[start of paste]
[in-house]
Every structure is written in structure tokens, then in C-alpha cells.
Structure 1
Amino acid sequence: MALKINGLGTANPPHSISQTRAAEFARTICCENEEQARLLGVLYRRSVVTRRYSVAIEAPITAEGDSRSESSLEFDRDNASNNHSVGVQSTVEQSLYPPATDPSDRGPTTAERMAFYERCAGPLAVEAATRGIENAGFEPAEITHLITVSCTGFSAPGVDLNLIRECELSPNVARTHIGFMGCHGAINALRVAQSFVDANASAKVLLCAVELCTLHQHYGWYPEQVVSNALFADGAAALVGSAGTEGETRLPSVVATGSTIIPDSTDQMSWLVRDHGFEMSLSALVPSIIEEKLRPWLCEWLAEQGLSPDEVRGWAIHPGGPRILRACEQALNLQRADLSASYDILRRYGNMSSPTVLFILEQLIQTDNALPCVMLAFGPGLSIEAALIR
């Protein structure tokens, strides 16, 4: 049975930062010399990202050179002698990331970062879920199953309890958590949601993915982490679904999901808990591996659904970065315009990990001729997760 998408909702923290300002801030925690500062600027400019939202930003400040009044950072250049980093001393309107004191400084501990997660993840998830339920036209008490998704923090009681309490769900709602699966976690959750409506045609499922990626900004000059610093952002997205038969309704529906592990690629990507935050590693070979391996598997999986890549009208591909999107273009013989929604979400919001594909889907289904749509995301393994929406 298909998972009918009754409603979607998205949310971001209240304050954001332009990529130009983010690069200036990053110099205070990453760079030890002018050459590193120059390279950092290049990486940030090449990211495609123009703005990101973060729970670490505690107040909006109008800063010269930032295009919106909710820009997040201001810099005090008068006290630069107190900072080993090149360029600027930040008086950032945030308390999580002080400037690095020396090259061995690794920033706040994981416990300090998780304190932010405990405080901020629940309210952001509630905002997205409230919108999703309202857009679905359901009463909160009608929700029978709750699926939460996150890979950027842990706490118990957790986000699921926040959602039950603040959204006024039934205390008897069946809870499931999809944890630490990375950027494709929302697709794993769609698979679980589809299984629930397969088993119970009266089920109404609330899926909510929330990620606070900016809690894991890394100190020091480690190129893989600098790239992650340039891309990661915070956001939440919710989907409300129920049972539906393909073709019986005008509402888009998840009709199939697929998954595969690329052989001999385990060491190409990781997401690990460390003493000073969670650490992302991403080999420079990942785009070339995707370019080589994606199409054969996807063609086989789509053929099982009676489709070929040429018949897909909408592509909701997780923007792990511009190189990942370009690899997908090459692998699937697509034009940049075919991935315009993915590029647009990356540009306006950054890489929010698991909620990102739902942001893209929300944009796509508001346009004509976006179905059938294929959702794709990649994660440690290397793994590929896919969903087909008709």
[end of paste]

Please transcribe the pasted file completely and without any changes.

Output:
[in-house]
Every structure is written in structure tokens, then in C-alpha cells.
Structure 1
Amino acid sequence: MALKINGLGTANPPHSISQTRAAEFARTICCENEEQARLLGVLYRRSVVTRRYSVAIEAPITAEGDSRSESSLEFDRDNASNNHSVGVQSTVEQSLYPPATDPSDRGPTTAERMAFYERCAGPLAVEAATRGIENAGFEPAEITHLITVSCTGFSAPGVDLNLIRECELSPNVARTHIGFMGCHGAINALRVAQSFVDANASAKVLLCAVELCTLHQHYGWYPEQVVSNALFADGAAALVGSAGTEGETRLPSVVATGSTIIPDSTDQMSWLVRDHGFEMSLSALVPSIIEEKLRPWLCEWLAEQGLSPDEVRGWAIHPGGPRILRACEQALNLQRADLSASYDILRRYGNMSSPTVLFILEQLIQTDNALPCVMLAFGPGLSIEAALIR
């Protein structure tokens, strides 16, 4: 049975930062010399990202050179002698990331970062879920199953309890958590949601993915982490679904999901808990591996659904970065315009990990001729997760 998408909702923290300002801030925690500062600027400019939202930003400040009044950072250049980093001393309107004191400084501990997660993840998830339920036209008490998704923090009681309490769900709602699966976690959750409506045609499922990626900004000059610093952002997205038969309704529906592990690629990507935050590693070979391996598997999986890549009208591909999107273009013989929604979400919001594909889907289904749509995301393994929406 298909998972009918009754409603979607998205949310971001209240304050954001332009990529130009983010690069200036990053110099205070990453760079030890002018050459590193120059390279950092290049990486940030090449990211495609123009703005990101973060729970670490505690107040909006109008800063010269930032295009919106909710820009997040201001810099005090008068006290630069107190900072080993090149360029600027930040008086950032945030308390999580002080400037690095020396090259061995690794920033706040994981416990300090998780304190932010405990405080901020629940309210952001509630905002997205409230919108999703309202857009679905359901009463909160009608929700029978709750699926939460996150890979950027842990706490118990957790986000699921926040959602039950603040959204006024039934205390008897069946809870499931999809944890630490990375950027494709929302697709794993769609698979679980589809299984629930397969088993119970009266089920109404609330899926909510929330990620606070900016809690894991890394100190020091480690190129893989600098790239992650340039891309990661915070956001939440919710989907409300129920049972539906393909073709019986005008509402888009998840009709199939697929998954595969690329052989001999385990060491190409990781997401690990460390003493000073969670650490992302991403080999420079990942785009070339995707370019080589994606199409054969996807063609086989789509053929099982009676489709070929040429018949897909909408592509909701997780923007792990511009190189990942370009690899997908090459692998699937697509034009940049075919991935315009993915590029647009990356540009306006950054890489929010698991909620990102739902942001893209929300944009796509508001346009004509976006179905059938294929959702794709990649994660440690290397793994590929896919969903087909008709």